This week, Sharon and I have gotten hooked on a long-running British crime show called “Midsomer Murders”, thanks to my booking agent and his wife first sharing the program with me. The show was acquired by Netflix, and has been running since the 90’s, with 19 seasons available on the website. We call it “Murders”. More than once this week, our text messages have read: Hey! Wanna watch a murder tonight??
I’ve also been wrestling with my emotions lately: homesickness, a little depression over having to skip out on workouts to rehearse the FM songs until my brain can’t take it, and anger. I might be hormonal; maybe I’m tired, or hungry; it may be for no reason at all, but I’m mad nonetheless.
When I was younger, before feeling any sort of comfort in being myself, I resisted getting angry, or showing any hostility toward anything or anyone. Getting angry wasn’t for classy ladies. Girls were supposed to help, support, and encourage. Most importantly, if I were to lash out or talk back, I ran the risk of losing the love of the person against whom I was acting out. Heaven forbid I say something I might come to regret. Because…what if I never saw them again?
Maybe it came from Sunday school, or from the summer church camps I went to every year. I recall how much the concept of death was discussed in church, and of having no second chances (unless Jesus got your back). This was especially true in the times of Moses, when the Passover claimed the lives of firstborns whose doorways weren’t coated in lamb’s blood. In fact, the first VHS tape I ever bought with money I saved up—$20—was The King of Egypt, an animated musical depicting the life of Moses (featuring the voices of Whitney Houston and Mariah Carey on a featured track duet…epic stuff). Mostly, I longed for the stuffed camel included with the purchase. But I still remember a shocking amount of the movie nearly two decades later.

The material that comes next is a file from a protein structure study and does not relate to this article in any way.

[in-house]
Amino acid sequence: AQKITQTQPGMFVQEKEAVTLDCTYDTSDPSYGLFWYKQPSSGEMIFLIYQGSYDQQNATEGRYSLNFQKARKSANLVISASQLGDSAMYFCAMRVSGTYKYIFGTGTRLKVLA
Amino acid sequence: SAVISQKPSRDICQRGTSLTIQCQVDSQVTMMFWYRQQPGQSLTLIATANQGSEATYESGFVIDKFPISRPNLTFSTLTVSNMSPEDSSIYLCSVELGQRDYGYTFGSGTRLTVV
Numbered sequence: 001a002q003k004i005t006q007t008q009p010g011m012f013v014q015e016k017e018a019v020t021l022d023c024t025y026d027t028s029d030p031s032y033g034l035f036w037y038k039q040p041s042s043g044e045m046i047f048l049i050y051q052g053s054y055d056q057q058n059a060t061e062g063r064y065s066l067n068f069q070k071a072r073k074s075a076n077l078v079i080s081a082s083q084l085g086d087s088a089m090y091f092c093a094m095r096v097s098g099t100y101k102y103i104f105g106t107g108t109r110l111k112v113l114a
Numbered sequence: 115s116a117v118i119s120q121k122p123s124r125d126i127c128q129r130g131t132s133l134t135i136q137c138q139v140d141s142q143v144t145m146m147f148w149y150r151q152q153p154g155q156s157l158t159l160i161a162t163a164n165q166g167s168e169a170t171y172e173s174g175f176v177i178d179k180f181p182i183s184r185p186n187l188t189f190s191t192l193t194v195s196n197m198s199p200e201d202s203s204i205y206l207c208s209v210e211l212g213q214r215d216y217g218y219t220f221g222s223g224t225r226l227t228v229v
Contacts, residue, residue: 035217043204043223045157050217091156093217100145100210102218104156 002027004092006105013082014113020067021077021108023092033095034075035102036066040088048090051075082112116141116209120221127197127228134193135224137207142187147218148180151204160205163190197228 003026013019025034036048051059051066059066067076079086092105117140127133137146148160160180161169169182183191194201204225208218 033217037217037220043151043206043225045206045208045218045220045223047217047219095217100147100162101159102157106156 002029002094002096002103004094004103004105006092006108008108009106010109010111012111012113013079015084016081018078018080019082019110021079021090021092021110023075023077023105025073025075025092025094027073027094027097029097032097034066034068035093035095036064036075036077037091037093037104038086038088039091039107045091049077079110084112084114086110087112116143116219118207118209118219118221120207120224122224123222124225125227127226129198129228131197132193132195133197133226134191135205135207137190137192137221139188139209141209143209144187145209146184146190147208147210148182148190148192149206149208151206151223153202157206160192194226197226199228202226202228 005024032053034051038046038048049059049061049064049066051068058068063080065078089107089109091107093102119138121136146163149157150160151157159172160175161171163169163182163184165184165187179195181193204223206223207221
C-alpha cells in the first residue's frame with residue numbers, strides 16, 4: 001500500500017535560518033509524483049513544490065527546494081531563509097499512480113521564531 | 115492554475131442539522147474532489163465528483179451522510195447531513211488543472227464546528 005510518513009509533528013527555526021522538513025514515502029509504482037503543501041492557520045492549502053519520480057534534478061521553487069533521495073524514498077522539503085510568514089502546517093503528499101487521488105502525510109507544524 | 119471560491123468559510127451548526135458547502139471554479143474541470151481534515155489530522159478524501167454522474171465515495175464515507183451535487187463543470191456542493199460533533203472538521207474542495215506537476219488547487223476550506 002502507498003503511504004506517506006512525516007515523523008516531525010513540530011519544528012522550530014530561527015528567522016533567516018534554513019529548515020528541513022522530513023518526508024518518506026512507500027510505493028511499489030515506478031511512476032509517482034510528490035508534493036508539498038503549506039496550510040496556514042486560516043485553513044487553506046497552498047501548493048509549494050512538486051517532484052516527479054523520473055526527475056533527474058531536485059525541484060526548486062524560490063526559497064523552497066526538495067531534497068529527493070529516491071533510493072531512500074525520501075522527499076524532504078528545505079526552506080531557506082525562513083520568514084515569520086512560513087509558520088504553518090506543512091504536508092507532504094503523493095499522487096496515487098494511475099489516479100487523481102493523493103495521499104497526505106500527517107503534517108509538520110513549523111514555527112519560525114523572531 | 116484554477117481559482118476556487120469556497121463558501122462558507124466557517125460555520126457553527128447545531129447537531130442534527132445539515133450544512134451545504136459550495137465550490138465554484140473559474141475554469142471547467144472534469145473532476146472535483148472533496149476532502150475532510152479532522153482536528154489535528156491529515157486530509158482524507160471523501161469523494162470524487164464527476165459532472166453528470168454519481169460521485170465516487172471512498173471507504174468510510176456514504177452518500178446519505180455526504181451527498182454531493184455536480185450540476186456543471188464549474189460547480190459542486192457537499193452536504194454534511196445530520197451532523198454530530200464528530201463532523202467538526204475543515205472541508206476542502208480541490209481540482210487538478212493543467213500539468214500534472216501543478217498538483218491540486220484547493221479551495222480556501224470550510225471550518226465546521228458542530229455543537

Anytime before I was self aware, I remember getting furious with my little sister time and again for childish, immature reasons. It was a blissful period of life, most likely stopped short with the crack of a belt. Like it or not, a lash on the ass shuts a kid up real quick. After a certain age, I still asked questions, and sure, people got angry with me, but I didn’t raise my voice. I didn’t give them a look and I didn’t storm out of the room. I didn’t hang up the phone, or look them in the eye and call them out. I waited until I was alone, and do one of two things: Cry, or scream.